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Three foods I miss in NY

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  • Keith Snyder May 8, 2001 03:40 PM
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I moved to New York from Los Angeles three years ago, and there are three things I haven't been able to find yet.

One is Mexican food, which I see is discussed below. Since I live in Queens, I'll have to check out those places.

The second is a proper Cobb salad. I've been ordering Cobb salads in New York for three years -- and for three years, I've been getting all kinds of bizarre combinations of chicken breasts, spinach greens, Greek olives, celery... I have found one actual Cobb salad in New York, but it's at TGI Friday's, which I really don't enjoy visiting.

And the last is the common apple fritter, which you can get at even the least imaginative West Coast donut shop, but which New York has apparently never heard of. (Those little Krispy Kreme squishballs are good, and everything, but...)

To be fair, I've also found some things in New York that I haven't found in L.A. The Knish Nosh on Queens Blvd. near 68th, for instance, is, as my little sister used to say, mwah.

Any suggestions are much appreciated.

Thanks!

Keith

Link: http://www.woollymammoth.com/keith

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  1. j
    Jeremy Osner

    I'm pretty sure you can get a good apple fritter at Alfa Doughnuts, which is on Queens Blvd. and 46th St. Could be wrong, I haven't been back there in a while.

    29 Replies
    1. re: Jeremy Osner
      s
      Steven Stern

      Can someone explain to me the donut shop/L.A. model of the apple fritter? My concept of an apple fritter is the thing they used to serve at the Grand St. Dairy--a ring of apple, battered, fried and served hot. Since the thing I'm thinking of couldn't last for more than three minutes without turning into a soggy, greasy mess, I'm guessing you all have a different breed of apple fritter in mind. (As I live quite close to Alfa Donuts, this is of more than academic interest.)

      1. re: Steven Stern

        As a West Coaster (N.W. to be exact) who currently lives in Brooklyn, I know the pain of not being able to find what I considered run-of-the-mill standard donuts here. I don't even care much for donuts, but you know how it is when you can't find something--you just end up craving it more.

        The apple fritters I'm familiar with are large, bulbous, dense hunks of fried dough that aren't completely round or quite a square either. They are dark brown and crispy on the outside and light colored and bready inside. Streaks of cinnamon usually run throughout, and the better ones have little bits of apple interspersed.

        On a similar note--why don't they sell maple bars here? I never knew they were a regional thing until I moved. Whenever I bring them up (which isn't that often, I swear), I get weird looks.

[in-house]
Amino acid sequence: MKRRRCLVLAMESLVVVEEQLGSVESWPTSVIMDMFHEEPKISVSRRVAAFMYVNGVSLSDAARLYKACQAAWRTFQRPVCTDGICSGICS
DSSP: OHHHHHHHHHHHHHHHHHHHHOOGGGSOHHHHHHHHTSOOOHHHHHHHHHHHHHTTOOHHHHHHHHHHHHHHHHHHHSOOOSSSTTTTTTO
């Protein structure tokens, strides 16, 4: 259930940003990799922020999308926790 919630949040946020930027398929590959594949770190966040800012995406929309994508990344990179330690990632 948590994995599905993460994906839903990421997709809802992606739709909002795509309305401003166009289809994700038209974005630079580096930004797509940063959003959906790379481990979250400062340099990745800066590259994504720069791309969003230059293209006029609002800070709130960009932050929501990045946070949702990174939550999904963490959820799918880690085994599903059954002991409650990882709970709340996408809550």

1. re: Krista G.
          d
          Dave Feldman

          Maple bars aren't a regional item. I can't think of anyplace else I've ever lived where it was hard to find maple bars.

          1. re: Dave Feldman

            I suppose I was generalizing a bit since the only two places I've lived are Portland, OR and NYC. I can't vouch for what goes on in the world of donuts that exists between those two cities. But I do know that East Coasters (folks from Maryland and Virginia to be precise) seem to be clueless when it comes to maple bars. But then, maybe my friends are just ignorant on the topic of fried dough...

            1. re: Krista G.

              No you're friends are not foolish. Ive never heard of a maple bar before reading this thread. I thought it was like a candy bar.

            2. re: Dave Feldman
              s
              Steven Stern

              I confess: I don't know from maple bars. Maybe you can find them here--along with this exciting species of apple fritter--but no one has ever taught me about them.

              It seems true that folks here are ignorant in the Way of the donut shop. Lead us, O West Coasters, and we will follow gladly.

              1. re: Steven Stern
                c
                Caitlin McGrath

                You know, I'm very rarely a doughnut eater so I've never really thought about it before reading this thread, but as a west coast native I do find it hard to conceptualize a "standard" doughnut shop (so, not Krispy Kreme or Dunkin' Donuts w/their chain-prescribed menu) without apple fritters or maple bars! Another thing I don't think you see here are buttermilk bars, a not-very-sweet (and presumably made w/some buttermilk) cake donut in a bar shape that's either unglazed or with a plain sugar glaze. BTW, maple bars are bar-shaped raised doughnuts with a maple-flavored glaze, though that might be obvious from the name.

                And pastry shops without bear claws are an oddity, as someone mentioned.

                California doughnut trivia: the CA doughnut market used to be dominated by a chain (Winchell's), but nowadays most doughnut shops there are individually owned and operated by, I believe, Cambodian immigrants. Apparently, it all started with one guy in LA who got a job in a doughnut shop and eventually bought the business, and then it spread and multiplied through hiring of family and friends and community business lending. Sociologically interesting (to me anyway).